Start your journey in guitar playing by learning the fundamental details about one of the basic sound equipment for guitarists. Learn more about tube amps here. 

An amplifier is one of the basic sound devices you’ll need as you start playing guitar. Tonal coloration is the primary function and purpose of a guitar amp. You aim to enhance the sound your guitar creates and make sure it matches with your style of playing rather than producing crystalline sounds – that is when the guitar amp comes into play. It helps you produce better sounds that suit your music genre and playing style.

Tube Amplifier; Definition

There are two basic categories of guitar amps: tube amplifier and solid-state guitar amps. Among these two classifications, the best option for electric guitars and basses is a tube amplifier. Though the remaining two can work with such guitar types, rookies are advised to begin with a tube amplifier to discover more about their sound and style of playing.

A tube amplifier has two or more vacuum tubes or valves to amplify the electric signals of a musical instrument.

The Sound it Creates

Tube amplifiers are well-known for producing ‘warm’ sounds. Each musician has a different perspective of a ‘warm sound’. Hence, there is no solid way to describe such sound; however, musicians easily recognize it. A warm sound is more spacious and open-sounding. It has a good mix of minimal bass and mids response. It happens when the vacuum tubes are overloaded, thereby creating an overdrive in the tubes.

This unique sound of tube amps is the reason why it sounds ‘vintage’, like oldies music you hear from recorders. It also produces sweet treble, less aggression, looser lower-end, and minimal compression, which results in sounds from classic 60’s music.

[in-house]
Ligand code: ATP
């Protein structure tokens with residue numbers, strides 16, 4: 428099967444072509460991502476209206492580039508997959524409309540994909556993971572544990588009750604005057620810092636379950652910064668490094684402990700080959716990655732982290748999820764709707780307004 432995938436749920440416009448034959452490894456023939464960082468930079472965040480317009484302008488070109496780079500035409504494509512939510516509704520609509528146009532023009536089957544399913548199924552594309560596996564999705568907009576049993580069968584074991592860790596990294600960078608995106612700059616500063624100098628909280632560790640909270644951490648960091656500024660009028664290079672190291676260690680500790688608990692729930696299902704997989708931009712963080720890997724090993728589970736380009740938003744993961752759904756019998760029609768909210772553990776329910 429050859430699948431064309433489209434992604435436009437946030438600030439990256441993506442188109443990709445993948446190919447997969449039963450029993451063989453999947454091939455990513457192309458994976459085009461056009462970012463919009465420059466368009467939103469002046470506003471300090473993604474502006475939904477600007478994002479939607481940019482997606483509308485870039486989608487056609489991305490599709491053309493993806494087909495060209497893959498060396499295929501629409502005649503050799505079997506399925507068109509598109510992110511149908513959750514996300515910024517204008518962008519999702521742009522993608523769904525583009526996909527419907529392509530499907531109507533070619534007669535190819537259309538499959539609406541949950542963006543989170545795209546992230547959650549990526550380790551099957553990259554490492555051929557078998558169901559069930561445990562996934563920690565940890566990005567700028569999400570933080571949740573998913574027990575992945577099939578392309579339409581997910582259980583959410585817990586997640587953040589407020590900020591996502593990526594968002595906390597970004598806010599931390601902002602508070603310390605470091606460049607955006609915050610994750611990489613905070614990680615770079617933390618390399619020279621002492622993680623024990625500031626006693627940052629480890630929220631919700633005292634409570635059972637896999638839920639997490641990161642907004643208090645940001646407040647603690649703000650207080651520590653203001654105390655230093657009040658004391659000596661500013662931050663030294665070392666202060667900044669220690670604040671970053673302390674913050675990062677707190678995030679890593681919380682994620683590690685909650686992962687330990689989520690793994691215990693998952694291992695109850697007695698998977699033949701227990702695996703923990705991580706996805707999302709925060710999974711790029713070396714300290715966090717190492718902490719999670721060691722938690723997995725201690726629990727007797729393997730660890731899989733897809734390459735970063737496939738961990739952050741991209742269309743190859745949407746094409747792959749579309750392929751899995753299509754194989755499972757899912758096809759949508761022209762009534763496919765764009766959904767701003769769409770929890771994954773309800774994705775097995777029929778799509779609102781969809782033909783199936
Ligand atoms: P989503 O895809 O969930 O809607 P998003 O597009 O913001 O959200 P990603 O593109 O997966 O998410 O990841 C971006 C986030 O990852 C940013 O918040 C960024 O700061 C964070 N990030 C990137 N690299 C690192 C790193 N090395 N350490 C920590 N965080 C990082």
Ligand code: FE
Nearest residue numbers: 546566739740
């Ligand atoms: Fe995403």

The Difference between Class A and Class AB Tube Amps

Tube amps fall into two types, which are Class A and Class AB.

Class A tube amps distort sounds quickly as you increase the volume when playing. The distortion also enhances the coloration of the sound giving it a more classic retro and rock vibe. An example of well-known Class A tube amps is VOX AC30.

The famous Marshall and Fender tube amps are examples of Class AB amplifiers. This guitar amp produces overdrive when the volume is maximized. It has more headroom and does not distort cranking up the volume, unlike Class A tubes.

Class AB amps are also known for their ability to project bass easily compared to Class A tube amps. The former can produce a clearer and stable bass because it efficiently manages power. However, Class AB tubes don’t quickly burn like Class A amps.

Inasmuch, professional musicians prefer having both Class A and Class AB tube amps. Having these two will let you can alternate each one based on the music you are playing.

Is Tube Amp Affordable? 

You can find a wide variety of tube amps in the market; one example is the monoprice tube amp. This tube amplifier is budget-friendly and possesses great quality. It is durable and portable. You can use it for both indoor and outdoor playing. Furthermore, it enhances your sound and allows you to experiment with your music.